Consumables in Gold Testing Kits

Q: I got a gold testing kit, but I used up all the little tubes of gel it came with. Can this magic goop be purchased in bulk so I can do away with those nasty tubes? What is your solution?

A: My solution was to discard the relatively useless tester. Without the gel, it’s useless, and mine was one of the first models, much less convenient to use than current ones, with a reading that was just a number you had to then compare with a chart. I went back to using traditional test acids. A small bottle of nitric, and another of hydrochloric. I feel in the amounts one is using for gold-testing they’re safe enough, and their shelf life (not unlimited, by the way) is a whole lot longer than those silly gels.

With practice in the testing method, I feel the accuracy one can get is about the same too. It does, however, take some practice. The premixed acids, already calibrated for certain karats, are easier to use, but I feel they are potentially less accurate in some situations. I prefer an actual comparison test on a streak of the unknown with a streak of a known test piece of metal. Add some Schwerters salts mix for testing silver, and a bit of table salt for some tests, which makes a very weak chloride source when added to nitric, that’s slower-acting than what you’d get from adding HCl to the nitric acid.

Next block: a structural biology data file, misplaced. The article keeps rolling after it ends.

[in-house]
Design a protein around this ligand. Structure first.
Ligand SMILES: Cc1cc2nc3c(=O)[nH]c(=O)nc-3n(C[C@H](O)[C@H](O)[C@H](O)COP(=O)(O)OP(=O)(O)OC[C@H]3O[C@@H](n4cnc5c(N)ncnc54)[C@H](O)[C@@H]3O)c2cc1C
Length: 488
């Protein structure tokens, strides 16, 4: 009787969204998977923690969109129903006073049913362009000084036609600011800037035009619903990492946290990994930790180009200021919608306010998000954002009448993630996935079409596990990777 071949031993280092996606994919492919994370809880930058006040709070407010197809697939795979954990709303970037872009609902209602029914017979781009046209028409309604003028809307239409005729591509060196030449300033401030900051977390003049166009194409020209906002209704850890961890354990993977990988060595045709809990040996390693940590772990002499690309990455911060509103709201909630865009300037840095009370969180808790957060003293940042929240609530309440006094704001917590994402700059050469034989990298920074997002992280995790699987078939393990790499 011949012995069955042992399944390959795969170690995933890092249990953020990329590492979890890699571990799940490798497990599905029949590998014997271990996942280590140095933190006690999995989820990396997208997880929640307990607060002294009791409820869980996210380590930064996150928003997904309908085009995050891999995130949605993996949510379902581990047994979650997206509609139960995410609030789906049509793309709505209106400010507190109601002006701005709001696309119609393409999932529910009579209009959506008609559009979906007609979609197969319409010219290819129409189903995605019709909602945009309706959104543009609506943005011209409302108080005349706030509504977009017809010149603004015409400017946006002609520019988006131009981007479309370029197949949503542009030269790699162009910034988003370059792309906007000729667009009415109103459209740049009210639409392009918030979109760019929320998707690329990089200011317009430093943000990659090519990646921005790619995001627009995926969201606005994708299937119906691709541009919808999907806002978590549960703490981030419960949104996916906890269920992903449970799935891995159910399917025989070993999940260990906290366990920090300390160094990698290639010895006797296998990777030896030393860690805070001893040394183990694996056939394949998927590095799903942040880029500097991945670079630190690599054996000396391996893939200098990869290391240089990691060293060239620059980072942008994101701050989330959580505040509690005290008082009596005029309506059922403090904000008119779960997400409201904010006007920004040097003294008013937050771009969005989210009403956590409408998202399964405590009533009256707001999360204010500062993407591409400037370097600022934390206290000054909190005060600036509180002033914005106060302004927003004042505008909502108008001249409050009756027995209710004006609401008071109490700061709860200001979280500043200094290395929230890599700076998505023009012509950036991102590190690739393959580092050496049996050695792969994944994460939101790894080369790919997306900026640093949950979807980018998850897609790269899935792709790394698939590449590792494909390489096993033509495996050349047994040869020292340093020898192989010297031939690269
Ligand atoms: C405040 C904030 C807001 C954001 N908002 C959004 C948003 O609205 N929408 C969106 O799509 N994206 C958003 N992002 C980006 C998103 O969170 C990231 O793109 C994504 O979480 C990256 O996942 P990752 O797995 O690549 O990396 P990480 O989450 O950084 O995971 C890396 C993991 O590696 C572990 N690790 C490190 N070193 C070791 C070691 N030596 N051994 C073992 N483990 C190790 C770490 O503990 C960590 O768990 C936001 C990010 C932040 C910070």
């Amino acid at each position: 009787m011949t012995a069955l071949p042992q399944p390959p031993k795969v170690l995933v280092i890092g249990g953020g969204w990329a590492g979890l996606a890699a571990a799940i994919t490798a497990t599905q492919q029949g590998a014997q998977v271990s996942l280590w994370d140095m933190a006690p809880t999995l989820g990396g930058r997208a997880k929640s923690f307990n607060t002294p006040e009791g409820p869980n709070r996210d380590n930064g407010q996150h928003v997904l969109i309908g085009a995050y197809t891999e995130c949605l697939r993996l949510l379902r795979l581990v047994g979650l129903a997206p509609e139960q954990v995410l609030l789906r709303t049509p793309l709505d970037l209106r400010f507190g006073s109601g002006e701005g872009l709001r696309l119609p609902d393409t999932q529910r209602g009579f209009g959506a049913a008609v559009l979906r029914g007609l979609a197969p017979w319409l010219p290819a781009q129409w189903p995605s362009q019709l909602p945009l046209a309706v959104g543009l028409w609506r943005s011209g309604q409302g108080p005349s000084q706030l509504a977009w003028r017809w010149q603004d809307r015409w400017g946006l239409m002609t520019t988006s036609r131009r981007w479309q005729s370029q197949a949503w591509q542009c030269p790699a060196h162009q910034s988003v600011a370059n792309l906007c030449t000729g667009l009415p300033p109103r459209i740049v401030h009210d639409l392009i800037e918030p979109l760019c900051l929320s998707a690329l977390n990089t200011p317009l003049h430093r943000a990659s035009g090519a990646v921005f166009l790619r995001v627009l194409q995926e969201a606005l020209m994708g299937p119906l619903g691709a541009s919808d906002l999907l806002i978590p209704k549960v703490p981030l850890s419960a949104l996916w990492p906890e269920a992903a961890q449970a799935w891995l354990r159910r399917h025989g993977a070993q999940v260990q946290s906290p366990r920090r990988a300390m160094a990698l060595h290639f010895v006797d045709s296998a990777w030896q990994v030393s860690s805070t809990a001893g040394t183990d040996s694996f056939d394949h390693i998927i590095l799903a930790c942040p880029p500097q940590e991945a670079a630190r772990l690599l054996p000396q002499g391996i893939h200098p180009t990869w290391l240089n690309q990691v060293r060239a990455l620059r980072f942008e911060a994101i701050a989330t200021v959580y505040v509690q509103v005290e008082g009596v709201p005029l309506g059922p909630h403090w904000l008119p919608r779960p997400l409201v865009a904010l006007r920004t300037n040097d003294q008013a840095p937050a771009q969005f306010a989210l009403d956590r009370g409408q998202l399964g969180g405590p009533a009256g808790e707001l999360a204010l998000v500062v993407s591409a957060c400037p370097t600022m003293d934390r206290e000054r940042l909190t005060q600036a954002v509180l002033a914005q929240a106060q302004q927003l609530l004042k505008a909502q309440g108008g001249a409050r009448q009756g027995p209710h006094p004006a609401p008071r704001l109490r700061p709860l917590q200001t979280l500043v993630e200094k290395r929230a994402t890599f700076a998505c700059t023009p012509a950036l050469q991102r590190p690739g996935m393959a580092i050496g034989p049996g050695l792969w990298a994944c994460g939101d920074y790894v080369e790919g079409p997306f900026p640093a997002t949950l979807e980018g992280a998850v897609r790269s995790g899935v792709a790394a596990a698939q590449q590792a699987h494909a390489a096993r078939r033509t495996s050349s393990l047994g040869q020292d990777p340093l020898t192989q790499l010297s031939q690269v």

by Peter W. Rowe M.F.A., G.G.